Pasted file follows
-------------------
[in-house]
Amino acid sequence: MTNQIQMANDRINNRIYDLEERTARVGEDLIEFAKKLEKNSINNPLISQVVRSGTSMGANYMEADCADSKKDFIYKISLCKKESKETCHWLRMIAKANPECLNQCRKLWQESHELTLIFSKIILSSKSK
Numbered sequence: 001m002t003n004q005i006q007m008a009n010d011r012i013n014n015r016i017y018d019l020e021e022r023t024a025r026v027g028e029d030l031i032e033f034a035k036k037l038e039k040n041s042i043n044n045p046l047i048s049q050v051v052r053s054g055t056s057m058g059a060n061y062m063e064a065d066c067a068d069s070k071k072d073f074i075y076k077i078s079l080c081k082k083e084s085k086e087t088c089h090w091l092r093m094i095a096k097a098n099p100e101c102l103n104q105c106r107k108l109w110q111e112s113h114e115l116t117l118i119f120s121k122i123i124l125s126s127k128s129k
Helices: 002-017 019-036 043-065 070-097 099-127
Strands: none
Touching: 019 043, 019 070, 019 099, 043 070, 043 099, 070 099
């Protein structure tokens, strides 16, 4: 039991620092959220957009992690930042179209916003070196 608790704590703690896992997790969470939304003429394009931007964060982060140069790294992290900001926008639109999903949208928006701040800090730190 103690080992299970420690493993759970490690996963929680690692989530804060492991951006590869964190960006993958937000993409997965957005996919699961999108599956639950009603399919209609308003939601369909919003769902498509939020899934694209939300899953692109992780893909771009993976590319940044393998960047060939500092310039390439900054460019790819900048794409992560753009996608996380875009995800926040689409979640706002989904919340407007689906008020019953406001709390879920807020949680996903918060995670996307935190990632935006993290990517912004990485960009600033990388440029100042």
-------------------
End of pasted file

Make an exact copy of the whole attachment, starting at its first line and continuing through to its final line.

[in-house]
Amino acid sequence: MTNQIQMANDRINNRIYDLEERTARVGEDLIEFAKKLEKNSINNPLISQVVRSGTSMGANYMEADCADSKKDFIYKISLCKKESKETCHWLRMIAKANPECLNQCRKLWQESHELTLIFSKIILSSKSK
Numbered sequence: 001m002t003n004q005i006q007m008a009n010d011r012i013n014n015r016i017y018d019l020e021e022r023t024a025r026v027g028e029d030l031i032e033f034a035k036k037l038e039k040n041s042i043n044n045p046l047i048s049q050v051v052r053s054g055t056s057m058g059a060n061y062m063e064a065d066c067a068d069s070k071k072d073f074i075y076k077i078s079l080c081k082k083e084s085k086e087t088c089h090w091l092r093m094i095a096k097a098n099p100e101c102l103n104q105c106r107k108l109w110q111e112s113h114e115l116t117l118i119f120s121k122i123i124l125s126s127k128s129k
Helices: 002-017 019-036 043-065 070-097 099-127
Strands: none
Touching: 019 043, 019 070, 019 099, 043 070, 043 099, 070 099
């Protein structure tokens, strides 16, 4: 039991620092959220957009992690930042179209916003070196 608790704590703690896992997790969470939304003429394009931007964060982060140069790294992290900001926008639109999903949208928006701040800090730190 103690080992299970420690493993759970490690996963929680690692989530804060492991951006590869964190960006993958937000993409997965957005996919699961999108599956639950009603399919209609308003939601369909919003769902498509939020899934694209939300899953692109992780893909771009993976590319940044393998960047060939500092310039390439900054460019790819900048794409992560753009996608996380875009995800926040689409979640706002989904919340407007689906008020019953406001709390879920807020949680996903918060995670996307935190990632935006993290990517912004990485960009600033990388440029100042």